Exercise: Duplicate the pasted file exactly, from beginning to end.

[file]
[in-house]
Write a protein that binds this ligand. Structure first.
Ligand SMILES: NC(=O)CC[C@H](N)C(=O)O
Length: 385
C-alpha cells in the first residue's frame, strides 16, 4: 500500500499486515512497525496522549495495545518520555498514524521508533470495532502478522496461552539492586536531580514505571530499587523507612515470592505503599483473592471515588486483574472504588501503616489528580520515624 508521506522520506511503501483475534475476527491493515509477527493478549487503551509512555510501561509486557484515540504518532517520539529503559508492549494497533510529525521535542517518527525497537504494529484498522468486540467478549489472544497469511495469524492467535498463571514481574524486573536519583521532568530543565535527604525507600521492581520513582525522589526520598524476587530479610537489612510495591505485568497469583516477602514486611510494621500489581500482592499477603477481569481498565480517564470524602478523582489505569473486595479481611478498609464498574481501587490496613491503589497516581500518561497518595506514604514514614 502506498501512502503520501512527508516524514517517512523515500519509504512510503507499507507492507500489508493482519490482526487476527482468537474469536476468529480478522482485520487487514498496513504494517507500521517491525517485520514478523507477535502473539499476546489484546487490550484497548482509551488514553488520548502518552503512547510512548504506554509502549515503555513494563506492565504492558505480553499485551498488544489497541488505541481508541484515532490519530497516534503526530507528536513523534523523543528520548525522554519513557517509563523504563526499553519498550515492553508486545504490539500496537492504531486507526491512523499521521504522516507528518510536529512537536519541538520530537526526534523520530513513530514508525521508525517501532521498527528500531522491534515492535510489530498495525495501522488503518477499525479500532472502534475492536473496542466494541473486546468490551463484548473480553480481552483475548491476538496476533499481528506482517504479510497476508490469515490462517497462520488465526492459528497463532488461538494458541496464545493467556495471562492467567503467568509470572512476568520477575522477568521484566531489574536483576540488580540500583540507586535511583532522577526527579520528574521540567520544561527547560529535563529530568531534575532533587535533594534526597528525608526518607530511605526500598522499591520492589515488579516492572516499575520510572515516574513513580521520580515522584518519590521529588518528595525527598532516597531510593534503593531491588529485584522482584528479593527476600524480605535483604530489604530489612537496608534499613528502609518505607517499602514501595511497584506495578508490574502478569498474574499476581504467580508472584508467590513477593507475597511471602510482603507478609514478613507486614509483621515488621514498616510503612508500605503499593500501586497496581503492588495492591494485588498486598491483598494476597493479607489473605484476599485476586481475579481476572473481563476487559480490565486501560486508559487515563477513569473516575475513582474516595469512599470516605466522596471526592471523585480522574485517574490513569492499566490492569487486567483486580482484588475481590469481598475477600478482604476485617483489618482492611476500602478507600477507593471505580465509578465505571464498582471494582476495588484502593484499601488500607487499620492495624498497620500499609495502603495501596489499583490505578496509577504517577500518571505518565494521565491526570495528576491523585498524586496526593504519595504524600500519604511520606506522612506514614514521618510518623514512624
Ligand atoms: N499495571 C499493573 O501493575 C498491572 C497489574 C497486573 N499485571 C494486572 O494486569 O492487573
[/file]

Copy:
[in-house]
Write a protein that binds this ligand. Structure first.
Ligand SMILES: NC(=O)CC[C@H](N)C(=O)O
Length: 385
C-alpha cells in the first residue's frame, strides 16, 4: 500500500499486515512497525496522549495495545518520555498514524521508533470495532502478522496461552539492586536531580514505571530499587523507612515470592505503599483473592471515588486483574472504588501503616489528580520515624 508521506522520506511503501483475534475476527491493515509477527493478549487503551509512555510501561509486557484515540504518532517520539529503559508492549494497533510529525521535542517518527525497537504494529484498522468486540467478549489472544497469511495469524492467535498463571514481574524486573536519583521532568530543565535527604525507600521492581520513582525522589526520598524476587530479610537489612510495591505485568497469583516477602514486611510494621500489581500482592499477603477481569481498565480517564470524602478523582489505569473486595479481611478498609464498574481501587490496613491503589497516581500518561497518595506514604514514614 502506498501512502503520501512527508516524514517517512523515500519509504512510503507499507507492507500489508493482519490482526487476527482468537474469536476468529480478522482485520487487514498496513504494517507500521517491525517485520514478523507477535502473539499476546489484546487490550484497548482509551488514553488520548502518552503512547510512548504506554509502549515503555513494563506492565504492558505480553499485551498488544489497541488505541481508541484515532490519530497516534503526530507528536513523534523523543528520548525522554519513557517509563523504563526499553519498550515492553508486545504490539500496537492504531486507526491512523499521521504522516507528518510536529512537536519541538520530537526526534523520530513513530514508525521508525517501532521498527528500531522491534515492535510489530498495525495501522488503518477499525479500532472502534475492536473496542466494541473486546468490551463484548473480553480481552483475548491476538496476533499481528506482517504479510497476508490469515490462517497462520488465526492459528497463532488461538494458541496464545493467556495471562492467567503467568509470572512476568520477575522477568521484566531489574536483576540488580540500583540507586535511583532522577526527579520528574521540567520544561527547560529535563529530568531534575532533587535533594534526597528525608526518607530511605526500598522499591520492589515488579516492572516499575520510572515516574513513580521520580515522584518519590521529588518528595525527598532516597531510593534503593531491588529485584522482584528479593527476600524480605535483604530489604530489612537496608534499613528502609518505607517499602514501595511497584506495578508490574502478569498474574499476581504467580508472584508467590513477593507475597511471602510482603507478609514478613507486614509483621515488621514498616510503612508500605503499593500501586497496581503492588495492591494485588498486598491483598494476597493479607489473605484476599485476586481475579481476572473481563476487559480490565486501560486508559487515563477513569473516575475513582474516595469512599470516605466522596471526592471523585480522574485517574490513569492499566490492569487486567483486580482484588475481590469481598475477600478482604476485617483489618482492611476500602478507600477507593471505580465509578465505571464498582471494582476495588484502593484499601488500607487499620492495624498497620500499609495502603495501596489499583490505578496509577504517577500518571505518565494521565491526570495528576491523585498524586496526593504519595504524600500519604511520606506522612506514614514521618510518623514512624
Ligand atoms: N499495571 C499493573 O501493575 C498491572 C497489574 C497486573 N499485571 C494486572 O494486569 O492487573